Archangel, Robert Harris

Arrow, 1998, 421 pages, C$10.99 mmpb, ISBN 0-09-928241-0

Robert Harris’ early reputation was based on Fatherland and Enigma, two thrillers that delved deep into history for inspiration. Fatherland, of course, is the poster cover for accessible alternate history (Nazis triumphant! Fear the thought!) while Enigma used WW2-era Bletchley Park as a handy setting for a thriller. With Archangel, Robert Harris gets further away from WW2 by setting his story in the present, but don’t think for a minute that he has shrugged off historical research: While contemporary, Archangel pretty much revolves around the legacy of Joseph Stalin.

The putative protagonist of the tale is one “Fluke” Kelso, a historian with credibility problems who, while passing through modern-day Moscow for a conference, finds himself the recipient of an unexpected barroom confession: Incredibly enough, a man tells Kelso about Stalin’s secret diaries and where they may be buried. As Kelso gulps down information that could lead to a significant historical discovery, the plot is set in motion. It’s hardly surprising to find out that other people are very, very interested in those diaries, and that their goals are dramatically opposed to academic research and publication.

But things are seldom simple, especially in contemporary Moscow. In the hall of dark mirrors that is post-communist Russia, who’s being manipulated by who? In due time, Kelso find himself tracking down an man who has disappeared, running away from the state police along with two untrustworthy allies: a dangerously bitter woman and a journalist with an agenda of his own. Worse yet: what started out as a search for a historical document eventually becomes a confrontation with the ugly possibility of a resurgent Soviet empire.

It won’t surprise anyone to find that Harris’ third novel is heavy on historical research, and a bit softer in the thriller department. Even casual Soviet history buffs will find much to contemplate here, as Harris is able to dig down deep in the murk of Soviet history to wrap up an entertaining historical mystery with grave contemporary implications. The desperate atmosphere of present-day Russia is well sketched, with plenty of evocative details and believable characters, some of whom taken from the pages of history.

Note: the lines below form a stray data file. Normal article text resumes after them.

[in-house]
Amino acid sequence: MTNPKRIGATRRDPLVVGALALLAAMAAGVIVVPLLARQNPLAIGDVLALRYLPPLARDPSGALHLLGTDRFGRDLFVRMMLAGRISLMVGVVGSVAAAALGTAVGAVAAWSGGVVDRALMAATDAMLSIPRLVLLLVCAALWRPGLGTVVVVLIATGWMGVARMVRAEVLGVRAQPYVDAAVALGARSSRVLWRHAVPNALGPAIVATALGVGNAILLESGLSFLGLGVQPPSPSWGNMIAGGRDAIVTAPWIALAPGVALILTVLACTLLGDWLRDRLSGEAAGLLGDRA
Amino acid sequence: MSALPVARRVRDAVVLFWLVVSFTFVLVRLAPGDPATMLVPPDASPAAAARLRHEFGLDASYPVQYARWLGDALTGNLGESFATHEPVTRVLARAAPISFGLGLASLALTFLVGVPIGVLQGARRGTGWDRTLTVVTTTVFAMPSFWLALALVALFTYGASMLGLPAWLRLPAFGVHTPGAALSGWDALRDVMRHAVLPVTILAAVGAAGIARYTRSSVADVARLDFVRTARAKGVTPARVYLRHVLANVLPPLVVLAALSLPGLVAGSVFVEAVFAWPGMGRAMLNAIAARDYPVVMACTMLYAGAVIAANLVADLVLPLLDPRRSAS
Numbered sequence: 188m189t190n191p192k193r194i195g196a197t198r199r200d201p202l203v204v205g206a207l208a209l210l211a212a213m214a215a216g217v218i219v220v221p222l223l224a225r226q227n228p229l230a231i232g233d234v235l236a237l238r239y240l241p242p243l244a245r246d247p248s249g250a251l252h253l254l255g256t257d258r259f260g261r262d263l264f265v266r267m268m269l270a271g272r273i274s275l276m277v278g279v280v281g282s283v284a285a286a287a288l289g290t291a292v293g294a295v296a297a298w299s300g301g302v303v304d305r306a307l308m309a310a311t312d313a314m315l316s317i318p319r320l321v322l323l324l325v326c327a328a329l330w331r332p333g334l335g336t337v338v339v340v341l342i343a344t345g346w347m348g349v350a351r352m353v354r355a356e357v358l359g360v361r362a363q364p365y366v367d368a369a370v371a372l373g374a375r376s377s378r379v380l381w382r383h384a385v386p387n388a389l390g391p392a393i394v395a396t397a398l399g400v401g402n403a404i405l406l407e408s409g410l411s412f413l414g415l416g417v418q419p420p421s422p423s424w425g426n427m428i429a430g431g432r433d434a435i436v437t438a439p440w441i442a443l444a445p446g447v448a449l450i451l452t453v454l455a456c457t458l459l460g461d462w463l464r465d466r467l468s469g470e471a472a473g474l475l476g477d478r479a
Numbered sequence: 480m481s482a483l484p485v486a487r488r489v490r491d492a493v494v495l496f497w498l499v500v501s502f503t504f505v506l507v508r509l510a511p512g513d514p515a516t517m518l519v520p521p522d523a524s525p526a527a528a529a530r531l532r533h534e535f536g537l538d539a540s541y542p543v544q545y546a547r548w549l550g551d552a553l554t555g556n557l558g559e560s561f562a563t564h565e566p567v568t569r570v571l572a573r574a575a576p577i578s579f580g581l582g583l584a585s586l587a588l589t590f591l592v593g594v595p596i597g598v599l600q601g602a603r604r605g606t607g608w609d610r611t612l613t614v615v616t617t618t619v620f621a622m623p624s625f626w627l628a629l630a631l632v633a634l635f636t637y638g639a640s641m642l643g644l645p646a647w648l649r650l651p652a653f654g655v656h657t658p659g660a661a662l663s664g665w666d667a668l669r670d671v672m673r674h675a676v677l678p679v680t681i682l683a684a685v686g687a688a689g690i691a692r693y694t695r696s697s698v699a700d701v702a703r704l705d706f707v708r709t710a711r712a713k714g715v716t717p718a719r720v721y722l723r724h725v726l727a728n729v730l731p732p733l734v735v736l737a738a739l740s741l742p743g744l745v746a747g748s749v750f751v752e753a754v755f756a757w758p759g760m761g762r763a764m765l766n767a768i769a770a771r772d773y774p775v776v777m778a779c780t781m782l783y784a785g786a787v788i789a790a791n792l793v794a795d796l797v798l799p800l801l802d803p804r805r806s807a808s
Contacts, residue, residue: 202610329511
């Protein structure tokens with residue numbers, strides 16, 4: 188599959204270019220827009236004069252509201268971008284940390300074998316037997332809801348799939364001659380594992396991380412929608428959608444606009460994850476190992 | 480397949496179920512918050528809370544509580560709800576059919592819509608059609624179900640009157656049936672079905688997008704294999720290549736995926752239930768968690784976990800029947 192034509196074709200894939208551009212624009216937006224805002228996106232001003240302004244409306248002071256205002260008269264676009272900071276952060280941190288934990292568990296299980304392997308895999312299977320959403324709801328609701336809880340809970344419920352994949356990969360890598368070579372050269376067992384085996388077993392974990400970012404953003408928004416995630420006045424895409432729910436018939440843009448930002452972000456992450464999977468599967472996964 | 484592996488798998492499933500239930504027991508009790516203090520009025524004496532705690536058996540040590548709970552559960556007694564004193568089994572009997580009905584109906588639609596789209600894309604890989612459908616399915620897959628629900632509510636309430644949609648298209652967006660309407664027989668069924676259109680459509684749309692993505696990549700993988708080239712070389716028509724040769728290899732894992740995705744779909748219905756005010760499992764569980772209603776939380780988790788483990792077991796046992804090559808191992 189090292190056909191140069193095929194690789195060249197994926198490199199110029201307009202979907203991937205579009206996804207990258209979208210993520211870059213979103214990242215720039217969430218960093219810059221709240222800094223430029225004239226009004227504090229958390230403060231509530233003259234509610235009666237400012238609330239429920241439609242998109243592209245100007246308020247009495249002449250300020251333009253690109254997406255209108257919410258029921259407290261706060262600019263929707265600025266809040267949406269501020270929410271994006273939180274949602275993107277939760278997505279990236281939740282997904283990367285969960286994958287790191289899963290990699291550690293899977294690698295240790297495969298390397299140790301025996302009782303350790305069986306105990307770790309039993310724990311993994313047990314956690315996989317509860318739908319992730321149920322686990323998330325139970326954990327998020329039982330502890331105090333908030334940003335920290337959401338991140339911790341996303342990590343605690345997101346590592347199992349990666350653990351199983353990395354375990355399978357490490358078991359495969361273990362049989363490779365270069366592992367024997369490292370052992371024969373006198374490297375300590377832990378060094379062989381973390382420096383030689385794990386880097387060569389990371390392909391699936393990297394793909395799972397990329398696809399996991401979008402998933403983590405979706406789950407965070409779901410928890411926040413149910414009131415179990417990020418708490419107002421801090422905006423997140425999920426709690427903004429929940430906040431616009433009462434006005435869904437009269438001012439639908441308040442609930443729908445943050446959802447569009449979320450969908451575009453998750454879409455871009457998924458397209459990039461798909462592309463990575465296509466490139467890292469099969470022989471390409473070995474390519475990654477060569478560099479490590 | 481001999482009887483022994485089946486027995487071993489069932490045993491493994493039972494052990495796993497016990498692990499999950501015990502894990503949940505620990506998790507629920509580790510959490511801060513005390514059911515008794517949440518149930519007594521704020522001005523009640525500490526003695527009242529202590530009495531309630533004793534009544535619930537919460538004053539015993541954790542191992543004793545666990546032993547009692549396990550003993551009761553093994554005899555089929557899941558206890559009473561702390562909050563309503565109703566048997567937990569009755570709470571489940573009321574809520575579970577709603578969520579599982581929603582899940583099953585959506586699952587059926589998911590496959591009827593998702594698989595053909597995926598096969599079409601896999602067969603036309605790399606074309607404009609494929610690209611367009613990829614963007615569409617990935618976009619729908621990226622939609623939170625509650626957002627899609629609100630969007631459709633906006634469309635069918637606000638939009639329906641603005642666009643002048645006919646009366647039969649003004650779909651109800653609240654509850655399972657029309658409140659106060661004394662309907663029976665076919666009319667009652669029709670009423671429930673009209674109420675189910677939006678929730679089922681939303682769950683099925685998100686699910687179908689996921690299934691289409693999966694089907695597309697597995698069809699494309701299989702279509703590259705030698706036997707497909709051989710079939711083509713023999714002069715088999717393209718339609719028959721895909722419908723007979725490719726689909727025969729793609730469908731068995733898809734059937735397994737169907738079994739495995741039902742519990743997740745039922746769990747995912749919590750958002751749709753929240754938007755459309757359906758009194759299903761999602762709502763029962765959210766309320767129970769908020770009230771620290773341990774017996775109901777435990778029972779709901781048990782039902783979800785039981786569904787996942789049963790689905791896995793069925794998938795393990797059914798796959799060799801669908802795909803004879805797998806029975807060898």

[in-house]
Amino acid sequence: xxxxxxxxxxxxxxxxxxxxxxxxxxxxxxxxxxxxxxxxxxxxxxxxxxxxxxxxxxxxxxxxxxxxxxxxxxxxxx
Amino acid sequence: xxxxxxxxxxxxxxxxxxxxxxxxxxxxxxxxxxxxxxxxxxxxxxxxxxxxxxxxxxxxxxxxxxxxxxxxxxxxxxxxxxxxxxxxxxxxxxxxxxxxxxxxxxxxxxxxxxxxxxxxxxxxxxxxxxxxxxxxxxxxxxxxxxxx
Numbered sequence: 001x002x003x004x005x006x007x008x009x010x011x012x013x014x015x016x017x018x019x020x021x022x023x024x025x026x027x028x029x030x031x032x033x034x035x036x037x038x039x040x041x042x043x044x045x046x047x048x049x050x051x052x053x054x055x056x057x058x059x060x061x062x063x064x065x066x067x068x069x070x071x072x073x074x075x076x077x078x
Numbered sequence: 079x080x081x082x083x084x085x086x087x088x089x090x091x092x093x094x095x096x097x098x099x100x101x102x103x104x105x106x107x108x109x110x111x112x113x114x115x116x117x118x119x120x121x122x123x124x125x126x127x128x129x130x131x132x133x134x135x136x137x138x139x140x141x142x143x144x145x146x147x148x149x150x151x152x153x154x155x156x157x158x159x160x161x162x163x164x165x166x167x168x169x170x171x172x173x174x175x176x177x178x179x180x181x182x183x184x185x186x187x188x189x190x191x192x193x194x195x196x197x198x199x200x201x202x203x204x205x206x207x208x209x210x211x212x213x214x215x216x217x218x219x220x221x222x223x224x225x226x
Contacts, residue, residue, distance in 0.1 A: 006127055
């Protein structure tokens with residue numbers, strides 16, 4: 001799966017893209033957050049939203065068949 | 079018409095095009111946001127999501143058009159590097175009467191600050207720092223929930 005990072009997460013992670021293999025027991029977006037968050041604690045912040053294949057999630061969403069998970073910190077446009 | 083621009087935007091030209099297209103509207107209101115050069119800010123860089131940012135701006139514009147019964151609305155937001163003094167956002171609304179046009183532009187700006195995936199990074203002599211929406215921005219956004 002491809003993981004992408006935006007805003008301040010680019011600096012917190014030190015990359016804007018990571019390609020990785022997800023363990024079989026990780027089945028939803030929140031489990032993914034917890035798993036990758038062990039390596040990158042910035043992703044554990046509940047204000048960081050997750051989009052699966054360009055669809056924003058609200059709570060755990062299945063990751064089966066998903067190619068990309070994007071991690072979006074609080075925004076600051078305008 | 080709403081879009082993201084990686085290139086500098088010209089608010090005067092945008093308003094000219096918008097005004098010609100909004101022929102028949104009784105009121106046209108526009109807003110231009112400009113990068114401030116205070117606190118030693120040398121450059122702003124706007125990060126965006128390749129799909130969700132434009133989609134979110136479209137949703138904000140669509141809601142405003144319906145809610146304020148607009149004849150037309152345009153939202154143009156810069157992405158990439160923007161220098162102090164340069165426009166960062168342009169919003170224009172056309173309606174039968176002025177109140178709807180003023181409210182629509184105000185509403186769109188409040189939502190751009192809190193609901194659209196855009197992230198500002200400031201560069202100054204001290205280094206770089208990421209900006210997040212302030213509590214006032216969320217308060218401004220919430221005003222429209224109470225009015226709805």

The more conventional thriller elements of the novel, unfortunately, aren’t so satisfying. Harris often lets his sense of detail and his research overpower the need for forward momentum, and Archangel leaves the reader with the impression of a short book padded with too many side tangents. The beginning takes its time to heat up, and the ending is particularly long in coming after the final secrets have all been exposed, with an extra-special character who seems clearly too far-fetched to be credible given the authenticity of the rest of the novel.

More significantly, Harris is a bit too glib in supposing how his historical menace could become a future peril for all of Western Civilization: Politics have a way of never turning out how you would expect them, and it’s not as if modern history isn’t crammed with “sure-fire candidates” who ended crashing down with a whimper, especially if they’re not quite sane.

Archangel also ends up on an abrupt ambiguity that doesn’t really matter one way or another, so low is our attachment to the characters. Harris’ novels are most notable for their Big Ideas rather than their talking-heads, and this one is no exception: Readers are more likely to raise their shoulders as the final shot goes off, sufficiently satisfied at the way the historical treasure box was unwrapped.

Generally speaking, it’s a solid thriller –sufficiently interesting not to be forgotten the next day, but too plodding and generic to really make an impression. Harris doesn’t step all that far away from his area of expertise with this story, so his regular readers are unlikely to find themselves in unfamiliar territory. It’s probably a little bit more interesting than Enigma (time will tell), but still a distance away from Fatherland, which is likely to remain Harris’ best-known novel for quite a while. But who knows? Maybe Harris’ following book, Pompeii, will change everything…

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